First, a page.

Deniz Kurtel: Music Watching Over Me
Crosstown Rebels

Having begun formally producing tracks only two years ago (inspired by her friends Wolf + Lamb), Deniz Kurtel's a relatively new member of the electronic music community, yet her debut artist album Music Watching Over Me shows her to be more than a quick study. She established (and still identifies) herself as an audio-visual artist whose work has appeared in numerous art festivals and exhibitions and has been the centerpiece of multiple Wolf + Lamb parties in Brooklyn. But this so-called interactive sculptor shows herself to be no lightweight as a house music producer, as her twelve-track album so clearly demonstrates. It's a solid addition to Crosstown Rebels' already distinguished catalogue.

The title cut eases unassumingly into position with jittering percussion and sub-bass cross-patterns that seem rather untethered to one another until a jacking beat pulls everything into focus and Leza Boyland's rapturous vocal intensifies the track's soulfulness. The opener works its magic insidiously, catching the listener by surprise with that abrupt opening shift, and bodes well for the journey ahead. The best cuts require no argument on their behalf. The jacking swing that powers the old-school deep house cut “Best Of” is impossible to deny, and the soulful exhortations of Mykle Anthony only make the tune's delirious vibe all the more infectious. The equally soulful “The L Word” likewise positions itself in the album's upper tier due to Jada's entranced vocalizing and the tune's slinky electro-house rhythms and seductive synth arpeggios. “Trust” plays like some modern-day upgrade of Kraftwerk, Detroit techno, and Chicago house all folded into one sleek electro-fied package, while the chugging low-end pulse and vocal filigrees of “My Heart” help make it stand out too. Kurtel's affinity for old-school house and electro likewise carries over into trippy workouts like “Make Me Feel” and “Yeah (Version).”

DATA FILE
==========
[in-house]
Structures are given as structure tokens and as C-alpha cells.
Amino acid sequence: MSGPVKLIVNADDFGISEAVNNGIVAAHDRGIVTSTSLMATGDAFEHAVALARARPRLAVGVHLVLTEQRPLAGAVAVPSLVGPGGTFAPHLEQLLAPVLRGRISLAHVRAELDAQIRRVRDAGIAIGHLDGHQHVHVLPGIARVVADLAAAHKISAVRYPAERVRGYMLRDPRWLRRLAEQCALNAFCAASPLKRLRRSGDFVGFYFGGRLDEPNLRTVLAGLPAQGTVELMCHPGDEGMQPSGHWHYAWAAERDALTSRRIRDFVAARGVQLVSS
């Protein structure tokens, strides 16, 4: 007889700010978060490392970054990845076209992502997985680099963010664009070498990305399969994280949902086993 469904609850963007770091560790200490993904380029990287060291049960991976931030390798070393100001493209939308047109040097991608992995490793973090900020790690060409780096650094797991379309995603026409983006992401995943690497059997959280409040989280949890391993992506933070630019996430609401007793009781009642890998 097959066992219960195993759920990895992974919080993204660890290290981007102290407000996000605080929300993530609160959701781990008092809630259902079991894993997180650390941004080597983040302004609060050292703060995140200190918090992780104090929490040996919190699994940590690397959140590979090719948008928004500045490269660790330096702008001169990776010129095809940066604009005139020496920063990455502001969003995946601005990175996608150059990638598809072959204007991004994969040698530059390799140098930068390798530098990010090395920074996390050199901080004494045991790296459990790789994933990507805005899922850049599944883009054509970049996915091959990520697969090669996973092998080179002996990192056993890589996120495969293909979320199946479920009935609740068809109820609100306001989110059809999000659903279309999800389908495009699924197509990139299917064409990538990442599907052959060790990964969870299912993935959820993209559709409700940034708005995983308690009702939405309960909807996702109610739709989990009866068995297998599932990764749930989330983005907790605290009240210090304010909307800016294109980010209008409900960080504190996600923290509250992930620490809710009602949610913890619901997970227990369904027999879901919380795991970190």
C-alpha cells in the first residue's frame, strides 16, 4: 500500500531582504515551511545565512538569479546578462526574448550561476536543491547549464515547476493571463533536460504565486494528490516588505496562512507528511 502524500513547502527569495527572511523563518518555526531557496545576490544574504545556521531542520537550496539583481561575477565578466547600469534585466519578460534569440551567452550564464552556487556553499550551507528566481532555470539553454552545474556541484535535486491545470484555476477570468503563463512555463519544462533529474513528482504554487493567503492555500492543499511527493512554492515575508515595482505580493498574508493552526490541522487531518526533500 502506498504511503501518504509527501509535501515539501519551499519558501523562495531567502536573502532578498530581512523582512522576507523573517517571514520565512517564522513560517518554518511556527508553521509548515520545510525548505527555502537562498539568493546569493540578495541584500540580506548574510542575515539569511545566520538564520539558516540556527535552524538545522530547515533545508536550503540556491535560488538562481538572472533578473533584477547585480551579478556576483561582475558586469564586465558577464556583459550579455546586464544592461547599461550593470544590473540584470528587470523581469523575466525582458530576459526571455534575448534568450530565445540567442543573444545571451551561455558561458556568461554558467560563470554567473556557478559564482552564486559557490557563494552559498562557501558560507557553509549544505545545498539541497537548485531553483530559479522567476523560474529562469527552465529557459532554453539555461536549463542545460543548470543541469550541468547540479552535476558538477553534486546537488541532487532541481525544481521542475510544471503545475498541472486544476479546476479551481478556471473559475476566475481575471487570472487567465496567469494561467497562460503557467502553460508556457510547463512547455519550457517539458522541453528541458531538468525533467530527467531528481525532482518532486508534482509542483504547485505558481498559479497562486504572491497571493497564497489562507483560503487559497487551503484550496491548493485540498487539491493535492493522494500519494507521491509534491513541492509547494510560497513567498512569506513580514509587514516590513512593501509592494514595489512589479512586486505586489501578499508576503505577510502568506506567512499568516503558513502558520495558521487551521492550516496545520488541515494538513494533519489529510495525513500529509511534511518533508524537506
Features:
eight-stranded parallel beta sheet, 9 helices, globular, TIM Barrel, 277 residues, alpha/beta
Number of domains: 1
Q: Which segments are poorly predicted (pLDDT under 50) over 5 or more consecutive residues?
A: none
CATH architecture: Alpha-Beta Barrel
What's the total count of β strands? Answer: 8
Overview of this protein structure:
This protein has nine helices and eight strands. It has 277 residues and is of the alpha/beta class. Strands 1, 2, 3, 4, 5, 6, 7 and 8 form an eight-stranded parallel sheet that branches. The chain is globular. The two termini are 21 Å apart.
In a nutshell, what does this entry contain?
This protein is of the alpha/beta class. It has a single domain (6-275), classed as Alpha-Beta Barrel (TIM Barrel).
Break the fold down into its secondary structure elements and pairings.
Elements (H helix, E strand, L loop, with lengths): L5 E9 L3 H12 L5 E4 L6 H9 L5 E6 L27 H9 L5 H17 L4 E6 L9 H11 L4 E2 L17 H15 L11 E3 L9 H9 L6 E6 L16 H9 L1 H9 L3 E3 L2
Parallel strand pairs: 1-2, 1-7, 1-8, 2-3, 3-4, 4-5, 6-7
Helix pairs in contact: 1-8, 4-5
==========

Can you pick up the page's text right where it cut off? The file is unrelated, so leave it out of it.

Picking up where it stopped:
It's a wide-ranging album filled with occasional left turns and directional shifts. The downtempo percussion-and-synth interplay of “Makyaj,” for instance, is curiously countered by a delicate, folk-tinged vocal by Queenie that sounds airlifted in from a Steeleye Span or Fairport Convention album. A few tracks feel more like meandering jams than full-fledged compositions, including “My Ass,” a mildly diverting bit of robotic electro-funk replete with android vocal musings (e.g., “Heaven is music”), and “Equilibrium” and “One Chance At Happiness,” both of which impress on production grounds but nevertheless feel a tad static or directionless, respectively. Though the refrain is a familiar one by now, it must be said that the usual weaknesses are present, namely tracks that go on longer than necessary and an album length that's consequently excessive too. Kurtel would have been wiser to have selected the strongest nine or ten tracks from the featured twelve and issued a fifty-five-minute set rather than one weighing in at seventy-six.

March 2011